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cmd/compile: missing inlined stack trace frame in index panic #29504

rsc opened this Issue Jan 2, 2019 · 1 comment


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rsc commented Jan 2, 2019

I have a (boiled down) very simple program. main calls f calls g. g calls h and indexes into an empty slice using the result of h.

I expect the index out of range stack trace to show the index panic happen in g, called from f, called from main. And it does:

$ cat >x.go <<EOF
package main
type T = [1]byte
var x []T
func main() { f() }
func f() T { return g() }
func g() T { return x[h()] }
func h() int { return 9 }
$ go run x.go
panic: runtime error: index out of range

goroutine 1 [running]:
	/Users/rsc/x.go:4 +0x24
exit status 2

This is correct.

But now I change the thing being indexed from a slice of 1-bytes to a slice of 2-bytes:

$ sed s/1/2/ x.go >y.go
$ go run y.go
panic: runtime error: index out of range

goroutine 1 [running]:
	/Users/rsc/y.go:4 +0x24
exit status 2

The stack trace no longer shows g. This is not correct.

In the actual program where this came up, my slice was of [32]byte. Changing to slice of int also restores the stack trace. But something about indexing into a slice containing multibyte arrays is breaking the inlined stack trace information for an index panic for that operation.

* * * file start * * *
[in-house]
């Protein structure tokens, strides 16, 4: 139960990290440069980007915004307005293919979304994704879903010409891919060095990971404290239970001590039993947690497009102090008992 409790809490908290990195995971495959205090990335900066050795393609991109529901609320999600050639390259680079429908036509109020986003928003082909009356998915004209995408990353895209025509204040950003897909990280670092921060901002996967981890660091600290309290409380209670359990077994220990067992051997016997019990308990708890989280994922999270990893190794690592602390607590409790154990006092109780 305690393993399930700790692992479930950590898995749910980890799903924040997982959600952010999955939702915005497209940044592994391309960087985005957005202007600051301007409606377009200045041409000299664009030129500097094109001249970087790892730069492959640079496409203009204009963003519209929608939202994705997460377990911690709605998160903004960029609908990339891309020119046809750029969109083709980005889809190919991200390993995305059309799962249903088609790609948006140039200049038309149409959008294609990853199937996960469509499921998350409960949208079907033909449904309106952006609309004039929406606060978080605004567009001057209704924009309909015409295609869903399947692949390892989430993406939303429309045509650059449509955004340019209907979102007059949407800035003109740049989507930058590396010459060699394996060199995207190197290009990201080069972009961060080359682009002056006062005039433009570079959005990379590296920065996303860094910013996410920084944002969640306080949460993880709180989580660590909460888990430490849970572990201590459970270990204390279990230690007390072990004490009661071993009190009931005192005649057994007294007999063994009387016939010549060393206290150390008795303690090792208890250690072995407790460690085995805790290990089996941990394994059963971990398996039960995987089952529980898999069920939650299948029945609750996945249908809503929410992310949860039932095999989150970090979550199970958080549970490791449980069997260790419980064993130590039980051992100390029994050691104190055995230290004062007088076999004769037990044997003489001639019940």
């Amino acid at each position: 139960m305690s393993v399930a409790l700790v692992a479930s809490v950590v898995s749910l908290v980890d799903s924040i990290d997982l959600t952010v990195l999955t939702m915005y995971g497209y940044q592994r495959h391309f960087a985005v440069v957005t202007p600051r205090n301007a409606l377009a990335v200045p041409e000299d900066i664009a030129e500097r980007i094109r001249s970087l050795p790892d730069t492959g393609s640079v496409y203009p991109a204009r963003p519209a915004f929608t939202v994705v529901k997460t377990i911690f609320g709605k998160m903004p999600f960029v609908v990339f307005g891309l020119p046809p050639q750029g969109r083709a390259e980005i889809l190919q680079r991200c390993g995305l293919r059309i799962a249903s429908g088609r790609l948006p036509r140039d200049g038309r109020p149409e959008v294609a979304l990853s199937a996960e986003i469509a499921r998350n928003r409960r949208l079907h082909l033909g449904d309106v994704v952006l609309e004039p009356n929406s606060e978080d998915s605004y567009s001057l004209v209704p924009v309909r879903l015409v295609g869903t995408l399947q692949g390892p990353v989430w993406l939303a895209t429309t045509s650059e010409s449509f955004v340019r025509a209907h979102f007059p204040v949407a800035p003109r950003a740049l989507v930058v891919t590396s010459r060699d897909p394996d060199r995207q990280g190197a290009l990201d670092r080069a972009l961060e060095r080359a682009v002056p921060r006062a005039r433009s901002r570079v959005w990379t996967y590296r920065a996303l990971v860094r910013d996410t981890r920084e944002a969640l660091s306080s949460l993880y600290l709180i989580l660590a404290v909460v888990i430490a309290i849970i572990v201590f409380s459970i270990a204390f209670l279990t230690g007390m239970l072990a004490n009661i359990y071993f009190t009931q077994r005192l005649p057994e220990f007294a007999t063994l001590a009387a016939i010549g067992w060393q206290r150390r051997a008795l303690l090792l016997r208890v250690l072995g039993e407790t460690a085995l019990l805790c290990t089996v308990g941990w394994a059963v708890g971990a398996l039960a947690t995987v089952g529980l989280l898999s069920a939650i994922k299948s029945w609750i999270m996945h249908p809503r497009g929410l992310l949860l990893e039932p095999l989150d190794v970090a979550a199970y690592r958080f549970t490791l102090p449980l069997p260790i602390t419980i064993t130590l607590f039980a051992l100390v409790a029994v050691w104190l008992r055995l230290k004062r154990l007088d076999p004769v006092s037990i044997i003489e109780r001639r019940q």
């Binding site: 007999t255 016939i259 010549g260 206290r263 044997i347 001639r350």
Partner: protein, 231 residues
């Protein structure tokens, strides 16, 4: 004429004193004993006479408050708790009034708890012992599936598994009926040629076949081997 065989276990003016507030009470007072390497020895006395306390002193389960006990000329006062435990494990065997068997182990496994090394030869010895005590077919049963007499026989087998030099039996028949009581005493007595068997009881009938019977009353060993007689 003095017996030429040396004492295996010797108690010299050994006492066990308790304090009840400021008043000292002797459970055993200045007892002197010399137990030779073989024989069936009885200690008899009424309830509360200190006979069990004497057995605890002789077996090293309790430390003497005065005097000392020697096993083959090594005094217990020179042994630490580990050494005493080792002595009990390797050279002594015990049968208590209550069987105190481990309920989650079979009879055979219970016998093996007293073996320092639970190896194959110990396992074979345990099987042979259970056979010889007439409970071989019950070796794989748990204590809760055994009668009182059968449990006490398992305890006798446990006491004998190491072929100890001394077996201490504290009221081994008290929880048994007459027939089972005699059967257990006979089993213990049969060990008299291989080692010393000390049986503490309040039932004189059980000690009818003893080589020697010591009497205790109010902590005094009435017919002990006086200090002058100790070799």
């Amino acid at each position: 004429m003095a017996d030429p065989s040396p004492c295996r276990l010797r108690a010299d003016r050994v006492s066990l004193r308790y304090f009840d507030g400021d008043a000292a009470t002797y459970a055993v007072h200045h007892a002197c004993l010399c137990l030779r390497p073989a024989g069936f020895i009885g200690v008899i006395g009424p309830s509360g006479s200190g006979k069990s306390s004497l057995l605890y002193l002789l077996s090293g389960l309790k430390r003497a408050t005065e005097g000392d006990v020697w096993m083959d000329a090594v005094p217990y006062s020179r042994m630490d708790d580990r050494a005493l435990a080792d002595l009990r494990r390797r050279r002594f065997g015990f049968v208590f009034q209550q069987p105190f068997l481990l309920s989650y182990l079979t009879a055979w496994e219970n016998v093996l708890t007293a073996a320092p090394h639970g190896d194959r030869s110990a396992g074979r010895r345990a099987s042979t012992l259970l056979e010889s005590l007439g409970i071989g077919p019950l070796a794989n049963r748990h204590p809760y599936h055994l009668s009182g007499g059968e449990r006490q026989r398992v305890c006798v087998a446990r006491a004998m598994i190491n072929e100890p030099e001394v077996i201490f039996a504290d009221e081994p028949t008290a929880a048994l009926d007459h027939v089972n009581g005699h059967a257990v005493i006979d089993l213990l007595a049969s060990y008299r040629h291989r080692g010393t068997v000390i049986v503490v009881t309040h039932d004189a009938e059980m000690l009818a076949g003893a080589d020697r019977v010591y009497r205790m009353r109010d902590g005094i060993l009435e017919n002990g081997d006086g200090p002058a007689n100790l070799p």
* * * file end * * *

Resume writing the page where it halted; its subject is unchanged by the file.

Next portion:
/cc @randall77 @aclements

@rsc rsc added this to the Go1.13 milestone Jan 2, 2019


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randall77 commented Jan 3, 2019

Looks like we're not pulling the line numbers from quite the right place.
There's an ~r0 = INDEX x y node. When we build the bounds check, we end up using the line number of the =, not of the INDEX. The line number of the = is at line 8 because it's built by the inlining pass (it's at the call site, not the body). We just need to pull from the INDEX instead, which is correctly labeled at line 9.

The [1] version works correctly because that's a different path through the ssa builder that happens to work.

We should pass an explicit source position to all the panic-call-generating routines. Currently it just grabs the line number from the last-processed node, which is fragile.

@randall77 randall77 self-assigned this Jan 3, 2019

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